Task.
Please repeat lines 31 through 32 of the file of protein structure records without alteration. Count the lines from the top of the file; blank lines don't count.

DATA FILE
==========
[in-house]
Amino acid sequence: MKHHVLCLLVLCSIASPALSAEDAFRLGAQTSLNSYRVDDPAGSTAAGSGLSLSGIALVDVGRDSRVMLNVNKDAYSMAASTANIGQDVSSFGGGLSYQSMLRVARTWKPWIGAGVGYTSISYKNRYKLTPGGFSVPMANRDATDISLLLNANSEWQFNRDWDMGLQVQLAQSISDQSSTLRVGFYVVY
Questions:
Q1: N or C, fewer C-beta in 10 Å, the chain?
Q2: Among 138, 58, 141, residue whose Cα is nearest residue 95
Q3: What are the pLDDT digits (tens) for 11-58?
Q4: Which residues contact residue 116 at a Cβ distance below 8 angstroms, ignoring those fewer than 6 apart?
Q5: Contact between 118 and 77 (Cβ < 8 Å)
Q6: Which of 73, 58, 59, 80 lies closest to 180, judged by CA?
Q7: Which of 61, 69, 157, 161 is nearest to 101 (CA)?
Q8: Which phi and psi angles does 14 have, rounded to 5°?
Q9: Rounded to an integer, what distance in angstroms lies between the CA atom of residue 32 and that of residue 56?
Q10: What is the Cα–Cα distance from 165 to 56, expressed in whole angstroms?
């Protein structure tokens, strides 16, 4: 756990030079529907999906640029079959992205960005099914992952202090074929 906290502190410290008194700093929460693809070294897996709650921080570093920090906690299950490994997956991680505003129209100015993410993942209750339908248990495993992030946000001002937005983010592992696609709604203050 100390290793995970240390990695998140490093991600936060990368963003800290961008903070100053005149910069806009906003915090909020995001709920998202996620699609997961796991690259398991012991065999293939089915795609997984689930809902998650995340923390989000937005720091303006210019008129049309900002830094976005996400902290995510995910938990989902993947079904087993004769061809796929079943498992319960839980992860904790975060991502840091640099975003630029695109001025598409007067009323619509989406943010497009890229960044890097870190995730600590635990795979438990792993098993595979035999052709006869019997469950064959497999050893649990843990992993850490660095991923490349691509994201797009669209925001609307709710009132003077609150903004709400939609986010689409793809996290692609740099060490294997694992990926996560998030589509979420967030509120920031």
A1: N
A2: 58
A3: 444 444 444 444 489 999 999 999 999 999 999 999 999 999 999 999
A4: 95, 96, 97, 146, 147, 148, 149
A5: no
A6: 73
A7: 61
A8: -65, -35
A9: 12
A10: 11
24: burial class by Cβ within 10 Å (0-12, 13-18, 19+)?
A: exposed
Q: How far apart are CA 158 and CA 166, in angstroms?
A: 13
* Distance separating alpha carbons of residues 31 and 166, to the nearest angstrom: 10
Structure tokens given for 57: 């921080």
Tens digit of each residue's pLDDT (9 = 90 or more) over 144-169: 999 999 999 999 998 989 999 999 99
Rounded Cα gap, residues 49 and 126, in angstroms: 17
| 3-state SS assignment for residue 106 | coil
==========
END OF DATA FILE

Tens digit of each residue's pLDDT (9 = 90 or more) over 144-169: 999 999 999 999 998 989 999 999 99
Rounded Cα gap, residues 49 and 126, in angstroms: 17